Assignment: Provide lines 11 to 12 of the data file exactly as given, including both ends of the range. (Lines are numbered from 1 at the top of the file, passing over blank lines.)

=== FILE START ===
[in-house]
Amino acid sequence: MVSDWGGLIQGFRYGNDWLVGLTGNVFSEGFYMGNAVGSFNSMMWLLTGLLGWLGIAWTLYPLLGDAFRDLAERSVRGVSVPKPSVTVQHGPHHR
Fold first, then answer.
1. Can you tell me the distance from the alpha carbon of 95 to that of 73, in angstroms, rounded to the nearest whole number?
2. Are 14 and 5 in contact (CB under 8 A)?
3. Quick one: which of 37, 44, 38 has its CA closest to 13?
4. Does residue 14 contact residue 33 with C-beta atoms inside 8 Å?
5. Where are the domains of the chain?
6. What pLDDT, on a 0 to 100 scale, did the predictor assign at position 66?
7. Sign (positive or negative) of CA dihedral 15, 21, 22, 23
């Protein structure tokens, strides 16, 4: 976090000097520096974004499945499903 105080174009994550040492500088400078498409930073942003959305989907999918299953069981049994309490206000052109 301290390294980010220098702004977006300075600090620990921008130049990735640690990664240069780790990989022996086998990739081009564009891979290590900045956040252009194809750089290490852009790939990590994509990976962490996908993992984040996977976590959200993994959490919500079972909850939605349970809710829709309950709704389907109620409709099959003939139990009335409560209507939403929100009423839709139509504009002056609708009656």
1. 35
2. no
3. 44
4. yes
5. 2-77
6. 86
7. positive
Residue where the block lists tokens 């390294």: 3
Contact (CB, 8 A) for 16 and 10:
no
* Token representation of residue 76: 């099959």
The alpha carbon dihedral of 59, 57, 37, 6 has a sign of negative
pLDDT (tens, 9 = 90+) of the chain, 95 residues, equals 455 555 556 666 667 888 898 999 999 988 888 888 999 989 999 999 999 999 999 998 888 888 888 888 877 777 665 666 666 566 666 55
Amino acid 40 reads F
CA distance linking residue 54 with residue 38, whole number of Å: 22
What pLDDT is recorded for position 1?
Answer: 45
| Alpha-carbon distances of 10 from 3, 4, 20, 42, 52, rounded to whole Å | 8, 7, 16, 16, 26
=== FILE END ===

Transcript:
């Protein structure tokens, strides 16, 4: 976090000097520096974004499945499903 105080174009994550040492500088400078498409930073942003959305989907999918299953069981049994309490206000052109 301290390294980010220098702004977006300075600090620990921008130049990735640690990664240069780790990989022996086998990739081009564009891979290590900045956040252009194809750089290490852009790939990590994509990976962490996908993992984040996977976590959200993994959490919500079972909850939605349970809710829709309950709704389907109620409709099959003939139990009335409560209507939403929100009423839709139509504009002056609708009656």
1. 35